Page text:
Great Canal Journeys (2014) s10e02 Episode Script

Asian Odyssey Part 2

My name's Timothy West, and this is my wife, Prunella Scales.
We are a pair - a pair of actors of a certain vintage.
Basil! All the world's a stage, and in our time, we both played many parts, but as we head towards the final curtain call, there are still a couple of parts we like returning to.
The captain - Cast-off, please.
- Aye aye, sir.
And his mate.
Pru's memory is not what it was.
Oh, my darling, I'm so sorry.
I didn't cast you off.
It's true.
Some days I don't know whether it's Monday or Lewisham.
But exploring canals and waterways is something we can still share Something we both love And together, we've travelled up and down Great Britain and across the world.
So now it's time to head for waterways anew.
We embarked on one last great overseas adventure Mekong Delta, here we come.
An epic voyage through the waterways of Southeast Asia.
The river is everything.
And in the second part of our journey, we've come to southern Vietnam It's beautiful.
Yeah, there's a rice field.
to navigate the mighty Mekong, travelling north through what was once dangerous waters.
At one time, this would have been seen as an unwise, if not very foolhardy, expedition.
We're bound for Cambodia This is Phnom Penh, called by the French "The Pearl of the Orient".
We'll explore a region where waterways are still part of daily life Lovely plums.
Four for 6p, ten for a bob.
As they have been for countless centuries.
I'm a princess of Angkor being carried aboard her royal barge.
Of course you are.
Enjoying its rich and ancient culture I want one.
We'll also discover the scars left by a troubled past.
So out of 18,000 people who came here, - 11 survived? - Yes.
For a couple of ancient mariners like us Today's cargo, two actors of a certain age.
It might seem a voyage too far.
Not easy.
Not easy.
But the rewards Nothing quite prepares you for this.
promise to make this a journey of a lifetime.
So far, we've navigated the waterways of North and Central Vietnam.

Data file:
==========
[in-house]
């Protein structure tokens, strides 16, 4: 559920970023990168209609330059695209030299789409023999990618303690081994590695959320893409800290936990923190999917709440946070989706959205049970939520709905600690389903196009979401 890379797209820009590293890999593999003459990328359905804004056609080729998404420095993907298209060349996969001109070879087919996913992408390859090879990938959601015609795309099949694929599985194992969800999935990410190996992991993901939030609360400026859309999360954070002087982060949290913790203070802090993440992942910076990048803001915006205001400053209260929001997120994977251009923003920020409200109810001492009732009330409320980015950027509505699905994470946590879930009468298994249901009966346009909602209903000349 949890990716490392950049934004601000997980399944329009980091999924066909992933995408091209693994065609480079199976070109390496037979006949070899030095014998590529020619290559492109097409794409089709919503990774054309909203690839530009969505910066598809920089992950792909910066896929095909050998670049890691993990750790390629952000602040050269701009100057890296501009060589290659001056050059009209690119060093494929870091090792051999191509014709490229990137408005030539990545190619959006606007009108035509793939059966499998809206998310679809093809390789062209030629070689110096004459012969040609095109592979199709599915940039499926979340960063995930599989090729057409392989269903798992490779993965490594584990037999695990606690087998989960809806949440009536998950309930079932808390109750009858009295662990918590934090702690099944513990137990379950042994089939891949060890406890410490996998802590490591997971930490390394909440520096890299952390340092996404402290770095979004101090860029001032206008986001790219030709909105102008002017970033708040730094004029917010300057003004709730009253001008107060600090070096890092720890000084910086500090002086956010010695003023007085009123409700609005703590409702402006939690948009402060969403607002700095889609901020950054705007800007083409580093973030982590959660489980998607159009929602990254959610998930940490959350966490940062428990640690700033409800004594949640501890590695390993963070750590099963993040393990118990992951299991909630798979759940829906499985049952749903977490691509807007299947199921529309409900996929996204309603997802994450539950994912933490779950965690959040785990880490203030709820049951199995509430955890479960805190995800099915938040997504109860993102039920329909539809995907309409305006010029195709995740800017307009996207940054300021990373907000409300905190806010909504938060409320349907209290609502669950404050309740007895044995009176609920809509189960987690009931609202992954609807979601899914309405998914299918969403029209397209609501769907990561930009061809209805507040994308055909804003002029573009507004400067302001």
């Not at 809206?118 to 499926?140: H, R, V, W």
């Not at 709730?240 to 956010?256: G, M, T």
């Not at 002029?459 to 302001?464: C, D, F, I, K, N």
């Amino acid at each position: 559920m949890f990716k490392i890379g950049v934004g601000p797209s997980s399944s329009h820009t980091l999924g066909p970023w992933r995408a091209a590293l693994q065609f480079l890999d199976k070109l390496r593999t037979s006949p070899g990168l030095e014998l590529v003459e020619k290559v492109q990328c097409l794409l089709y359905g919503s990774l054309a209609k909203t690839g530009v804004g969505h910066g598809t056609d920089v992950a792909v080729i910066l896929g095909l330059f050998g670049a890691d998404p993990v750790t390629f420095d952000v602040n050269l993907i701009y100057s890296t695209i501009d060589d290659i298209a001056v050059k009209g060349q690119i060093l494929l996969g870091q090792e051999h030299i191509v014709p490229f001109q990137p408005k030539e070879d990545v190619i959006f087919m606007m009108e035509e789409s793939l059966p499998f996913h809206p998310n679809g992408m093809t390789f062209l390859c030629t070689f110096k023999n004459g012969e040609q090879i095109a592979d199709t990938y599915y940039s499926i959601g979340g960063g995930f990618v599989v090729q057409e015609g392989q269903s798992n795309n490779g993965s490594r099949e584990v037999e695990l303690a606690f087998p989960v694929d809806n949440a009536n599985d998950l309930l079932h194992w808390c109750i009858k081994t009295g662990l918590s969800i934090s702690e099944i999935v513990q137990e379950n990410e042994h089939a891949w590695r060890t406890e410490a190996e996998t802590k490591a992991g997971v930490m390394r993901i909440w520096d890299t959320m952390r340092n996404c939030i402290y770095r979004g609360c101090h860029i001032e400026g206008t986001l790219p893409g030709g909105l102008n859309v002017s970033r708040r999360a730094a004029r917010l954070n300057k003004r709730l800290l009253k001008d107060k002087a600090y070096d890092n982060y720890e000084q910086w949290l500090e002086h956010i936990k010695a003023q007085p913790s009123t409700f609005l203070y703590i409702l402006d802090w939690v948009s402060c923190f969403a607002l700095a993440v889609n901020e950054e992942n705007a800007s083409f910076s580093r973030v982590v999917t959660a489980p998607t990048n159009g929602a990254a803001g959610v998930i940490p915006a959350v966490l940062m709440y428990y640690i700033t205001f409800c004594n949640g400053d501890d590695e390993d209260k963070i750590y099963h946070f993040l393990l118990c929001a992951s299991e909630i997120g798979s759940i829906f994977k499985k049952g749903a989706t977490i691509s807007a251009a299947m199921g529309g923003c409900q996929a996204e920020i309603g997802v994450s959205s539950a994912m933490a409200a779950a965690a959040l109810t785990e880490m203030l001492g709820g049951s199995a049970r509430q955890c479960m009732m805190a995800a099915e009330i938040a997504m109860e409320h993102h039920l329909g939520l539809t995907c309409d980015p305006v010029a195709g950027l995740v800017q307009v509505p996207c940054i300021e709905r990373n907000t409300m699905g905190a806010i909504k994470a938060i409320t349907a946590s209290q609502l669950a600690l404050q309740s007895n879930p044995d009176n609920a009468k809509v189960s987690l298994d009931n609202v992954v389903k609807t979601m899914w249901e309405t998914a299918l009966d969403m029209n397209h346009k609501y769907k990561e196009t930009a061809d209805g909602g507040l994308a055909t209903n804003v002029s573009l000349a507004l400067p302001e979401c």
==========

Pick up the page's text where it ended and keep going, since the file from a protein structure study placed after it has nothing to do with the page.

Stunningly beautiful, rich in history.
But it was a mere warm up for the long voyage that lies ahead.
As we embark on a journey along jungle-lined rivers and across vast lakes to the heart of the world's second largest delta.
There she is, the Bassac, our home for the next few days.
- Rather splendid, isn't it? - Yeah.
Is it traditional? Yes, it was once a rice barge carrying cargo all the way through the delta, right the way down to Saigon, and now converted for passenger use.
Today's cargo, two actors of a certain age.
Two explorers of the inland waterways, of an uncertain age.
And our first moment of uncertainty, getting on board.
- It's a big step.
- Mind your head.
Jumping on and off boats is a little harder than it used to be.
I'm getting really excited.
Our home for the next few days, the Bassac, bears little resemblance to her humble origins as a rice barge, having been completely overhauled from bow to stern.
And today, she's a rather swish, twin-decked river cruiser.
- Let's have a look.
- Yeah.
Very nice.
It's enough room, isn't it? We have a wide variety of digs in our business.
Sometimes a five-bunk bedroom, sharing a loo with the rest of the company, but nice double bed, adjacent loo.
I think it will do very nicely.
Yeah, we'll be all right here.
- And they've left us a flower.
- It's very nice.
Mekong Delta, here we come.
The Bassac will take us all the way to the frontier with Cambodia.
It's river all the way, isn't it? Not quite.
It's a mixture of rivers and canals that make - up the delta.
- Any locks? No, no need for locks.
This is all flat, but if you took all the canals in the delta together, in one line, it would be longer than the Great Wall of China.
Which is how long? It's very long indeed.